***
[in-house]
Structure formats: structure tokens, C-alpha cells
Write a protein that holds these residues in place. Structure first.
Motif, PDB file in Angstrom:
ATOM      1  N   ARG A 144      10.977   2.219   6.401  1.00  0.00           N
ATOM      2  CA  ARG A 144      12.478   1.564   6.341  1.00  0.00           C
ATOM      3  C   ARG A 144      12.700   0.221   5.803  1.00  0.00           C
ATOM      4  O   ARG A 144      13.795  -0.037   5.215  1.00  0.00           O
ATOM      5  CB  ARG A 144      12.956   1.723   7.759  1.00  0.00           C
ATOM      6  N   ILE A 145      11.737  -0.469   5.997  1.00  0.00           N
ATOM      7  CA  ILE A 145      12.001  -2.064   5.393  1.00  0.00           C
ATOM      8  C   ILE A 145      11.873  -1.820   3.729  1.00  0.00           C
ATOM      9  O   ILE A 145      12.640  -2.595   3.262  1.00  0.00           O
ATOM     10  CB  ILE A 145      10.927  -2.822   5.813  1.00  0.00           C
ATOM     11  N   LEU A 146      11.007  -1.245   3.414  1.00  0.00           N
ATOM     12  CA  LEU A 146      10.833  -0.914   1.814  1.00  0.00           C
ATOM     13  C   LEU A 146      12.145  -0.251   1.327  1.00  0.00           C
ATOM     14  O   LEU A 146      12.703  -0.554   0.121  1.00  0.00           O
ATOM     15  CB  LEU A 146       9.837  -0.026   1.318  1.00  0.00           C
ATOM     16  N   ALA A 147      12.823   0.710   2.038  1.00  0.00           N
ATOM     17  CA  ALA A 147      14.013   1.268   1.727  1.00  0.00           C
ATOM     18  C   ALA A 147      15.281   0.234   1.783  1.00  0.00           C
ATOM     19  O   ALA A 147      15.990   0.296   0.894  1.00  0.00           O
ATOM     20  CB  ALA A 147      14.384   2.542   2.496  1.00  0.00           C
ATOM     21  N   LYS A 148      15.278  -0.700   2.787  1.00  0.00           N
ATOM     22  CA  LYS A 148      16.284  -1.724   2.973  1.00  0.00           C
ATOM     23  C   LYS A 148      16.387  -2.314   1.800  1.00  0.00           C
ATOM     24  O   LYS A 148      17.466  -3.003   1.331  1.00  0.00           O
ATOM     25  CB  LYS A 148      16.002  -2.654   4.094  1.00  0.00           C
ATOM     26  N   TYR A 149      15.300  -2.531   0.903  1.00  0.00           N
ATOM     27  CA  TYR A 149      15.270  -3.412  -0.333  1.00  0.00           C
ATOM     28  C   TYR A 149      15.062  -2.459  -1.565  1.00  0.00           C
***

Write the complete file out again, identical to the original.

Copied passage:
[in-house]
Structure formats: structure tokens, C-alpha cells
Write a protein that holds these residues in place. Structure first.
Motif, PDB file in Angstrom:
ATOM      1  N   ARG A 144      10.977   2.219   6.401  1.00  0.00           N
ATOM      2  CA  ARG A 144      12.478   1.564   6.341  1.00  0.00           C
ATOM      3  C   ARG A 144      12.700   0.221   5.803  1.00  0.00           C
ATOM      4  O   ARG A 144      13.795  -0.037   5.215  1.00  0.00           O
ATOM      5  CB  ARG A 144      12.956   1.723   7.759  1.00  0.00           C
ATOM      6  N   ILE A 145      11.737  -0.469   5.997  1.00  0.00           N
ATOM      7  CA  ILE A 145      12.001  -2.064   5.393  1.00  0.00           C
ATOM      8  C   ILE A 145      11.873  -1.820   3.729  1.00  0.00           C
ATOM      9  O   ILE A 145      12.640  -2.595   3.262  1.00  0.00           O
ATOM     10  CB  ILE A 145      10.927  -2.822   5.813  1.00  0.00           C
ATOM     11  N   LEU A 146      11.007  -1.245   3.414  1.00  0.00           N
ATOM     12  CA  LEU A 146      10.833  -0.914   1.814  1.00  0.00           C
ATOM     13  C   LEU A 146      12.145  -0.251   1.327  1.00  0.00           C
ATOM     14  O   LEU A 146      12.703  -0.554   0.121  1.00  0.00           O
ATOM     15  CB  LEU A 146       9.837  -0.026   1.318  1.00  0.00           C
ATOM     16  N   ALA A 147      12.823   0.710   2.038  1.00  0.00           N
ATOM     17  CA  ALA A 147      14.013   1.268   1.727  1.00  0.00           C
ATOM     18  C   ALA A 147      15.281   0.234   1.783  1.00  0.00           C
ATOM     19  O   ALA A 147      15.990   0.296   0.894  1.00  0.00           O
ATOM     20  CB  ALA A 147      14.384   2.542   2.496  1.00  0.00           C
ATOM     21  N   LYS A 148      15.278  -0.700   2.787  1.00  0.00           N
ATOM     22  CA  LYS A 148      16.284  -1.724   2.973  1.00  0.00           C
ATOM     23  C   LYS A 148      16.387  -2.314   1.800  1.00  0.00           C
ATOM     24  O   LYS A 148      17.466  -3.003   1.331  1.00  0.00           O
ATOM     25  CB  LYS A 148      16.002  -2.654   4.094  1.00  0.00           C
ATOM     26  N   TYR A 149      15.300  -2.531   0.903  1.00  0.00           N
ATOM     27  CA  TYR A 149      15.270  -3.412  -0.333  1.00  0.00           C
ATOM     28  C   TYR A 149      15.062  -2.459  -1.565  1.00  0.00           C